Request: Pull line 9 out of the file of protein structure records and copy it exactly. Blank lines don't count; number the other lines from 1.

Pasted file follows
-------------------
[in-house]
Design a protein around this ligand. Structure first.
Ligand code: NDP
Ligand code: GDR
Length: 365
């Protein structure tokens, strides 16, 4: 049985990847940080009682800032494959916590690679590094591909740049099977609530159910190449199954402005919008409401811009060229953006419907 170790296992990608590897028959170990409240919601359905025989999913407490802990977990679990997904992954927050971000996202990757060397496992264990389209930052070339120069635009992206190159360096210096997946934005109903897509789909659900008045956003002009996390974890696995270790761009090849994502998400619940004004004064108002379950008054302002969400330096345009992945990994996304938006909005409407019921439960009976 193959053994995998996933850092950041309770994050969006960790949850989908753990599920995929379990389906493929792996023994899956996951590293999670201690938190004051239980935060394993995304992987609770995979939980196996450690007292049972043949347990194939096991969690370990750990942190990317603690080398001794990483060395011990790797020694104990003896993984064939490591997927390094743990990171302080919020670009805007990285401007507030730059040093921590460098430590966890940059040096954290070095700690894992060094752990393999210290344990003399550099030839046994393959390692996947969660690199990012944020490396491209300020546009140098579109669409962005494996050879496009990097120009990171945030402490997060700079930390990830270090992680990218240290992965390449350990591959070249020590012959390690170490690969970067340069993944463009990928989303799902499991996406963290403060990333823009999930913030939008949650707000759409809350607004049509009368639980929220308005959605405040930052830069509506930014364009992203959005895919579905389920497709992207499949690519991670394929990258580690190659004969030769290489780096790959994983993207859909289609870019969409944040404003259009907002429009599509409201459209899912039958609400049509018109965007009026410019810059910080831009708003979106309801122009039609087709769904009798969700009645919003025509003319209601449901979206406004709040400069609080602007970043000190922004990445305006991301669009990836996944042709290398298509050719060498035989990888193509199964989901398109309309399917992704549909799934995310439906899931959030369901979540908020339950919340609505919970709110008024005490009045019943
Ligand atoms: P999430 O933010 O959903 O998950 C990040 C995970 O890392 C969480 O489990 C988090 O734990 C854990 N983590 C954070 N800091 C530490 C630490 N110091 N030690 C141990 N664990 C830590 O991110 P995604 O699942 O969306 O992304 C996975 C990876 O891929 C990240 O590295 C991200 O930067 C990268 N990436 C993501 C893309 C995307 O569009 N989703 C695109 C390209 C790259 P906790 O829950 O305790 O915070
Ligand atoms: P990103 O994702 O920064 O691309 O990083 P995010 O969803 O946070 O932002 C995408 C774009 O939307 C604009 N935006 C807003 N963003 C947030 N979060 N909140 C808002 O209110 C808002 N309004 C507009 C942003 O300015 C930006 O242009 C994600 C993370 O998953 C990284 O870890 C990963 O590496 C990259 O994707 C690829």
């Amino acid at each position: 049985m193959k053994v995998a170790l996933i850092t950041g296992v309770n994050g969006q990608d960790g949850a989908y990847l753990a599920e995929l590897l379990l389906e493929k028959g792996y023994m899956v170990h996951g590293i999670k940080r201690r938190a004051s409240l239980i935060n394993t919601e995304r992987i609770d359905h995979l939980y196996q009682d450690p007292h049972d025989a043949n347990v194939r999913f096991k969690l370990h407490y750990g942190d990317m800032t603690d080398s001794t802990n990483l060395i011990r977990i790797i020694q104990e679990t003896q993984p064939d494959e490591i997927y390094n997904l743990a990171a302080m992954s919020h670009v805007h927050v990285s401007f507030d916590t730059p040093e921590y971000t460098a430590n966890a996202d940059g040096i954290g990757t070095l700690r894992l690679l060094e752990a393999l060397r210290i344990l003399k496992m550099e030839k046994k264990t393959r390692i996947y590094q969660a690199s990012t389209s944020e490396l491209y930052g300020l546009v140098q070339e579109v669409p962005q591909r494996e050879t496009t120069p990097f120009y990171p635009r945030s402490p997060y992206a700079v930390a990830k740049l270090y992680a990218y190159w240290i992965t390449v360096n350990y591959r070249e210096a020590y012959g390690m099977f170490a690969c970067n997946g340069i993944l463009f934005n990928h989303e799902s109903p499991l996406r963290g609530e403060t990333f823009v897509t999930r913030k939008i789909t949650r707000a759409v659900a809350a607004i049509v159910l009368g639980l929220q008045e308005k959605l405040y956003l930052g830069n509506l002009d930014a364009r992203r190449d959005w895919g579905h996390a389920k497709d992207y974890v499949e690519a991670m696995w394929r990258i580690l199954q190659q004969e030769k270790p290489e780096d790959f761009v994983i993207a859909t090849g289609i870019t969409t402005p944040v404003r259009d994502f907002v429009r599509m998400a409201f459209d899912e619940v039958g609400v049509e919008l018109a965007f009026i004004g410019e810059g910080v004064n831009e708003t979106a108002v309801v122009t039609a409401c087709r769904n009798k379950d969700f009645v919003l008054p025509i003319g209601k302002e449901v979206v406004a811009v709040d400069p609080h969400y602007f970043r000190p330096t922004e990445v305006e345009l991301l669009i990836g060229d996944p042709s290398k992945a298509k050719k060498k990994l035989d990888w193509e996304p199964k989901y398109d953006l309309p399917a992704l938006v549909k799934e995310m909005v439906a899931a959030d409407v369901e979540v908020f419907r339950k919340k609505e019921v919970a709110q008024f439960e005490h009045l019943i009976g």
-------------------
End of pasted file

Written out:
């Amino acid at each position: 049985m193959k053994v995998a170790l996933i850092t950041g296992v309770n994050g969006q990608d960790g949850a989908y990847l753990a599920e995929l590897l379990l389906e493929k028959g792996y023994m899956v170990h996951g590293i999670k940080r201690r938190a004051s409240l239980i935060n394993t919601e995304r992987i609770d359905h995979l939980y196996q009682d450690p007292h049972d025989a043949n347990v194939r999913f096991k969690l370990h407490y750990g942190d990317m800032t603690d080398s001794t802990n990483l060395i011990r977990i790797i020694q104990e679990t003896q993984p064939d494959e490591i997927y390094n997904l743990a990171a302080m992954s919020h670009v805007h927050v990285s401007f507030d916590t730059p040093e921590y971000t460098a430590n966890a996202d940059g040096i954290g990757t070095l700690r894992l690679l060094e752990a393999l060397r210290i344990l003399k496992m550099e030839k046994k264990t393959r390692i996947y590094q969660a690199s990012t389209s944020e490396l491209y930052g300020l546009v140098q070339e579109v669409p962005q591909r494996e050879t496009t120069p990097f120009y990171p635009r945030s402490p997060y992206a700079v930390a990830k740049l270090y992680a990218y190159w240290i992965t390449v360096n350990y591959r070249e210096a020590y012959g390690m099977f170490a690969c970067n997946g340069i993944l463009f934005n990928h989303e799902s109903p499991l996406r963290g609530e403060t990333f823009v897509t999930r913030k939008i789909t949650r707000a759409v659900a809350a607004i049509v159910l009368g639980l929220q008045e308005k959605l405040y956003l930052g830069n509506l002009d930014a364009r992203r190449d959005w895919g579905h996390a389920k497709d992207y974890v499949e690519a991670m696995w394929r990258i580690l199954q190659q004969e030769k270790p290489e780096d790959f761009v994983i993207a859909t090849g289609i870019t969409t402005p944040v404003r259009d994502f907002v429009r599509m998400a409201f459209d899912e619940v039958g609400v049509e919008l018109a965007f009026i004004g410019e810059g910080v004064n831009e708003t979106a108002v309801v122009t039609a409401c087709r769904n009798k379950d969700f009645v919003l008054p025509i003319g209601k302002e449901v979206v406004a811009v709040d400069p609080h969400y602007f970043r000190p330096t922004e990445v305006e345009l991301l669009i990836g060229d996944p042709s290398k992945a298509k050719k060498k990994l035989d990888w193509e996304p199964k989901y398109d953006l309309p399917a992704l938006v549909k799934e995310m909005v439906a899931a959030d409407v369901e979540v908020f419907r339950k919340k609505e019921v919970a709110q008024f439960e005490h009045l019943i009976g």